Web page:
Lacy J. Davis
New Harbinger Publications, 2017
Audience: Adults, Older Teens
At once punk rock and poignant, Ink in Water is the visceral and groundbreaking graphic memoir of a young woman’s devastating struggle with negative body image and eating disorders, and how she rose above her own destructive behaviors and feelings of inadequacy to live a life of strength and empowerment.
As a young artist living in Portland, Lacy Davis’ eating disorder began with the germ of an idea: a seed of a thought that told her she just wasn’t good enough. And like ink in water, that idea spread until it reached every corner of her being. This is the true story of Lacy’s journey into the self-destructive world of multiple eating disorders. It starts with a young and positive Lacy, trying to grapple with our culture’s body-image obsession and stay true to her riot grrrl roots. And while she initially succeeds in overcoming a nagging rumination about her body, a break up with a recovering addict starts her on a collision course with anorexia, health food obsession, and compulsive exercise addiction. At the request of her last real friend, she starts going to a twelve-step Overeaters Anonymous course, only to find that it conflicts with her punk feminist ideology.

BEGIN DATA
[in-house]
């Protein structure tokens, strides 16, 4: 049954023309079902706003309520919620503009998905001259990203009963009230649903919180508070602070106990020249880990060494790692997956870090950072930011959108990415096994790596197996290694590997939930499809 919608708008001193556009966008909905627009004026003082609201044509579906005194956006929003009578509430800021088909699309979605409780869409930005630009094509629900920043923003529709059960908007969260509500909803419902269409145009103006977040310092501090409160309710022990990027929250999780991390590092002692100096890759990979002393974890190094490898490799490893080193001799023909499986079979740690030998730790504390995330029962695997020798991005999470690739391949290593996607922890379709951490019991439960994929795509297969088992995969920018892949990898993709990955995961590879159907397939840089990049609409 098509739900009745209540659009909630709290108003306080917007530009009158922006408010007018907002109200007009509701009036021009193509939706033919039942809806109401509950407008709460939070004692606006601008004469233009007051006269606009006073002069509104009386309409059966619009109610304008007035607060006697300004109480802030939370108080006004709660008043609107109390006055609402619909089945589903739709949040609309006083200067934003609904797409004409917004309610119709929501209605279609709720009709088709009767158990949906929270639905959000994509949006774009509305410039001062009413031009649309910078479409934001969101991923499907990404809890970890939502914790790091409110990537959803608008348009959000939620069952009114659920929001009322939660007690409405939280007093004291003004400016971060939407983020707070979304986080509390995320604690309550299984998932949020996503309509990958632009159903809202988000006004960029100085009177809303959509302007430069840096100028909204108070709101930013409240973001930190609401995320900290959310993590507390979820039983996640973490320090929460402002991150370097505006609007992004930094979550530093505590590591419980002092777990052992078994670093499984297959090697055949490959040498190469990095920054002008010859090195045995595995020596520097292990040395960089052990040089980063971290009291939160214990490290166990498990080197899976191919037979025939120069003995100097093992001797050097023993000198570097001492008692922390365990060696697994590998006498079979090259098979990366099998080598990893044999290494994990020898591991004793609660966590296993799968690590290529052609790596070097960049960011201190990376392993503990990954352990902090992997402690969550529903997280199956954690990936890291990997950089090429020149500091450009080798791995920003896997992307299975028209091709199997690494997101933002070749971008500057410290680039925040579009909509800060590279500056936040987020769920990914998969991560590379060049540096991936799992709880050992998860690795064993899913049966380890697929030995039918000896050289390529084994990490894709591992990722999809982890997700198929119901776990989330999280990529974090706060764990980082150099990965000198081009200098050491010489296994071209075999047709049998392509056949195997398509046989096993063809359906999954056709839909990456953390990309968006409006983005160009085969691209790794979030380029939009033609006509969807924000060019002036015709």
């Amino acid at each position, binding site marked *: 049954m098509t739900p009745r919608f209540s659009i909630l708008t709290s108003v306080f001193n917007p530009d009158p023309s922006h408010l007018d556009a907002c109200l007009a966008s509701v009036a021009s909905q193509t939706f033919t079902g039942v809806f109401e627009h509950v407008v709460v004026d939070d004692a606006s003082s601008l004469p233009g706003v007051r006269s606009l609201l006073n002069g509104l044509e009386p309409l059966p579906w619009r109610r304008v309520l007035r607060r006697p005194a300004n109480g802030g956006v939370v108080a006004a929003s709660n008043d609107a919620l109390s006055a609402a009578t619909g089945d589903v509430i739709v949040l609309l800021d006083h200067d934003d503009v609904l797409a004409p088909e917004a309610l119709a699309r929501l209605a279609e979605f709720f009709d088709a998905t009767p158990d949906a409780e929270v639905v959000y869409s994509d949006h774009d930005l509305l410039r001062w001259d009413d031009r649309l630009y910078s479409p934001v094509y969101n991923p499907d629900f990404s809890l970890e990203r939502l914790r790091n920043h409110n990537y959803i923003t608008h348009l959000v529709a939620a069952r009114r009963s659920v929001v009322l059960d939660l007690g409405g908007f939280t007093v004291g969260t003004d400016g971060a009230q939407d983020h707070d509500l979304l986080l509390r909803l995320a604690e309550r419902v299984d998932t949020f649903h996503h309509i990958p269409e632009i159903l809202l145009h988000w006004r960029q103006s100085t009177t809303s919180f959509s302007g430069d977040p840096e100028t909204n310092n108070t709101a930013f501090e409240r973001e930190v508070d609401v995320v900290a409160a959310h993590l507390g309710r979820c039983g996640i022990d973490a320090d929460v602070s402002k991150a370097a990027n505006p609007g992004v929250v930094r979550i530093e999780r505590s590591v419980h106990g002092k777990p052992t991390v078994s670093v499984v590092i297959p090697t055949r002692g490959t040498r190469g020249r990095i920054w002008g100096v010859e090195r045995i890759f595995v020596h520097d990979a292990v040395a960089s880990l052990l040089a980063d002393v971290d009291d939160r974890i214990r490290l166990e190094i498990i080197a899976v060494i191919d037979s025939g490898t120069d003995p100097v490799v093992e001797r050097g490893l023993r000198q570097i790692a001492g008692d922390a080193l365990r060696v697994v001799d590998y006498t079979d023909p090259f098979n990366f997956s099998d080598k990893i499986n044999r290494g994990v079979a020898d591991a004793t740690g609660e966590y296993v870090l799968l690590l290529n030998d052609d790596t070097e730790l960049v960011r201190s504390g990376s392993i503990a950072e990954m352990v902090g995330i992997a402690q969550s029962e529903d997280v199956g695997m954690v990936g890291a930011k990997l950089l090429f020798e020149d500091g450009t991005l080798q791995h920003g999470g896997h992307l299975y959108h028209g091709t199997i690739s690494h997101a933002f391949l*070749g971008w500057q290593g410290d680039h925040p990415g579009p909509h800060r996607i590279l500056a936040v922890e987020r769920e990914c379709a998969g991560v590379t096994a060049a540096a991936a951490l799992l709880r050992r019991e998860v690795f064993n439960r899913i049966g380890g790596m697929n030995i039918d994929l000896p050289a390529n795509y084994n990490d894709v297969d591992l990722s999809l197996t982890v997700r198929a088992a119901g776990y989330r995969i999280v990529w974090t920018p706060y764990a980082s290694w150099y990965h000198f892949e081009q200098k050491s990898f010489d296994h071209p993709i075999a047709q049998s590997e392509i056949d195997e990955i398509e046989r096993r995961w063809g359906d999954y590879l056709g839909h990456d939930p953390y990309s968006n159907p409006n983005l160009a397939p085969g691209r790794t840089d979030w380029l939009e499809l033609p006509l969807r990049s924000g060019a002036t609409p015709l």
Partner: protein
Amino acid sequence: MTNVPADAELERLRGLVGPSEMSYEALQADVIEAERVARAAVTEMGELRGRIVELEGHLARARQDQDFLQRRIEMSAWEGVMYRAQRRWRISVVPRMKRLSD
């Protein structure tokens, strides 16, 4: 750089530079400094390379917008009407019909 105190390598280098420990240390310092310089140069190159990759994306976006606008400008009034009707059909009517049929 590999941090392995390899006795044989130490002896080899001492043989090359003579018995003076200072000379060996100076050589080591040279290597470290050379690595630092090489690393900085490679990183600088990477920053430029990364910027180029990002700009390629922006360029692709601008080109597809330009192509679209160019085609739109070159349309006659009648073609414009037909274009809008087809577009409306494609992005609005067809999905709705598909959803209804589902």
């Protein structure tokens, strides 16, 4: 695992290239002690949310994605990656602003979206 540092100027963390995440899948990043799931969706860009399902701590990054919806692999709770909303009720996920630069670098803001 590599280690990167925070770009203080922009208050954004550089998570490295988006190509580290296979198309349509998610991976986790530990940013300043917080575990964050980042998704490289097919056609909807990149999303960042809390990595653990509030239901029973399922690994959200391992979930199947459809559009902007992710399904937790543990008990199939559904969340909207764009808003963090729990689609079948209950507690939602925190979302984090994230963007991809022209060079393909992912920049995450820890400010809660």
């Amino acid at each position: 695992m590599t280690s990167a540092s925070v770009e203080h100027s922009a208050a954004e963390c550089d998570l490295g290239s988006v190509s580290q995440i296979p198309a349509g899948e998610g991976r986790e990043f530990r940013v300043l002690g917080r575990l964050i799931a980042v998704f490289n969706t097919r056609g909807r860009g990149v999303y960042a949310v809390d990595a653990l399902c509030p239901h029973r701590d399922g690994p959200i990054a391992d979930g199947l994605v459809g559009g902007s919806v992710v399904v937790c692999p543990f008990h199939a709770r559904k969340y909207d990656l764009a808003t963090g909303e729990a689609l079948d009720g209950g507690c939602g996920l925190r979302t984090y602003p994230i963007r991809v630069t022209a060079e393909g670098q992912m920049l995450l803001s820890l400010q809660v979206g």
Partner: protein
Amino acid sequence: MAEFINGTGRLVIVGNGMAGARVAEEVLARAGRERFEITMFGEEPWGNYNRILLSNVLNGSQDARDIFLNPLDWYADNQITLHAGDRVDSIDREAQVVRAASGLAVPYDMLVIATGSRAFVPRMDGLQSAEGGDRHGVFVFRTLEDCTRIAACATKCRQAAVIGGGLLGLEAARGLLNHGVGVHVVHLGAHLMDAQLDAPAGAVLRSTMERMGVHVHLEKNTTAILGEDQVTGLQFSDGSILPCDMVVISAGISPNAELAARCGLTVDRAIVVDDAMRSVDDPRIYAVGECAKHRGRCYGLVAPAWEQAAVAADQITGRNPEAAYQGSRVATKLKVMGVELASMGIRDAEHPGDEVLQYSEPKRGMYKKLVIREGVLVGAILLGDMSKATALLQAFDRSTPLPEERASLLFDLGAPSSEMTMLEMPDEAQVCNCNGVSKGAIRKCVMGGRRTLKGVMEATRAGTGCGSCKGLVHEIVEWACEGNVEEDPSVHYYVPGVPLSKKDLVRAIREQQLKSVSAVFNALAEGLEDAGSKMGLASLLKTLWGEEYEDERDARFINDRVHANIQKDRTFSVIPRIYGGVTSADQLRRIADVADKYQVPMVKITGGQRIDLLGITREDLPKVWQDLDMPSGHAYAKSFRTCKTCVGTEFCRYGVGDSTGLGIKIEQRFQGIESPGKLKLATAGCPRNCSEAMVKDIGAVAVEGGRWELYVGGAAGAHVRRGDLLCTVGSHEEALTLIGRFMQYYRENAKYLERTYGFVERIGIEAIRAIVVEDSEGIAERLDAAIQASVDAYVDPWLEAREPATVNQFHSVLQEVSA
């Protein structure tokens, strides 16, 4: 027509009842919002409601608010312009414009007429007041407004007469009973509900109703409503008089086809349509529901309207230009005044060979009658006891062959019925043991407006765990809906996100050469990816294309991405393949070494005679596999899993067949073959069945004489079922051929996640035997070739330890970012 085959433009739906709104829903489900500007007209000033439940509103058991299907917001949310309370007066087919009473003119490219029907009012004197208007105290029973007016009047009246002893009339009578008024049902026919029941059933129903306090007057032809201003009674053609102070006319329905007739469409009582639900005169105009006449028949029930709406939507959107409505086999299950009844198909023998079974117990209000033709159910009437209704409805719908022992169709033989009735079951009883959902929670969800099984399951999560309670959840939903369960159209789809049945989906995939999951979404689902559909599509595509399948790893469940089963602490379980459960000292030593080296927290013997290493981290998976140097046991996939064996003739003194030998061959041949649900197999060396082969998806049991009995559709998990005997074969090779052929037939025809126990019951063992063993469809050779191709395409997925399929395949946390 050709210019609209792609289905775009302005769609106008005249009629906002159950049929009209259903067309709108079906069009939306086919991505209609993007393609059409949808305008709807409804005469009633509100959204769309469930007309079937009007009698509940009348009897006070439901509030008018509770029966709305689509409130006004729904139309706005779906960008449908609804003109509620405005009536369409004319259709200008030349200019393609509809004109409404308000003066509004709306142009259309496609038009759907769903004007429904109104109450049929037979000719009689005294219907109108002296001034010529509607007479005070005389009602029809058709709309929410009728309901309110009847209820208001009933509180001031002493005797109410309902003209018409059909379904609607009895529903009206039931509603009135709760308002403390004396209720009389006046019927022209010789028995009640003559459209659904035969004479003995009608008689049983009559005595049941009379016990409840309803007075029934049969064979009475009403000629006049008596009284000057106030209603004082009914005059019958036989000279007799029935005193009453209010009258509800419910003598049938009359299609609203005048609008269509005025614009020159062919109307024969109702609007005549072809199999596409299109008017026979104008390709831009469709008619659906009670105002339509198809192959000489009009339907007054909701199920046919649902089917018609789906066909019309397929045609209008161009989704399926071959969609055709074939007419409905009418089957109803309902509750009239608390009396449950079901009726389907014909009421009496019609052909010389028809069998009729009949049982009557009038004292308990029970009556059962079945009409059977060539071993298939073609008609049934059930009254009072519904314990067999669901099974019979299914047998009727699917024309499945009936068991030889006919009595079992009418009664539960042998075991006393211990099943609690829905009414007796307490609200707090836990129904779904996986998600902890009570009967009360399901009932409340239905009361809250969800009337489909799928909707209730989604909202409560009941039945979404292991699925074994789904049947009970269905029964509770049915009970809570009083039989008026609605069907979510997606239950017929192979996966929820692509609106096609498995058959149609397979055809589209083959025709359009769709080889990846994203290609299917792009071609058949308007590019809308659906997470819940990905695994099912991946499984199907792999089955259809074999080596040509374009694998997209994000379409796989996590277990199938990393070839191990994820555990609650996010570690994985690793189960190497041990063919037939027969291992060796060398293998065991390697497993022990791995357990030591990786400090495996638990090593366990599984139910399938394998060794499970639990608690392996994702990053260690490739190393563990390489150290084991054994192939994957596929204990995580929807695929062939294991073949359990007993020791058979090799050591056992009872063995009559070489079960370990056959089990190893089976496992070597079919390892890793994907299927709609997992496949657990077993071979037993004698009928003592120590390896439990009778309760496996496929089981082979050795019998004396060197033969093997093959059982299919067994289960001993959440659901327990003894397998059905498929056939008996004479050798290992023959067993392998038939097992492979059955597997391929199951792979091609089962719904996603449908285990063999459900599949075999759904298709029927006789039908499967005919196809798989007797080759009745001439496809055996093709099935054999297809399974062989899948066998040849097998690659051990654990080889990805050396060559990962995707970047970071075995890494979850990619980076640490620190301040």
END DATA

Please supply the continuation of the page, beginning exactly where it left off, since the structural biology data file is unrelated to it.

Blending bold humor, a healthy dose of self-deprecation, vulnerability, literary storytelling, and dynamic and provocative artwork by illustrator Jim Kettner, Ink in Water is an unflinching, brutally honest look into the author’s mind: how she learned to take control of her damaging thoughts, redirect her perfectionism from self-destructive behaviors into writing and art, and how she committed herself to a life of health, strength, and nourishment.
I enjoyed the art in Ink in Water in addition to the story. I learned a ton about body image and anorexia from this book. The author really did a great job explaining everything. One thing that I noticed about the art was that the illustrations of the author weren’t as flattering as I thought they could be. Was this a reflection on how the author saw herself, or just me overanalyzing? Regardless, Ms. Davis clearly went through a lot in her life and I’m glad she shared it with the world in this book. I hope to read more books by her.
(Also, I’m pretty sure that Ms. Davis’s co-author was the guy she met in the book and I wish they would have directly stated whether or not this was the case!)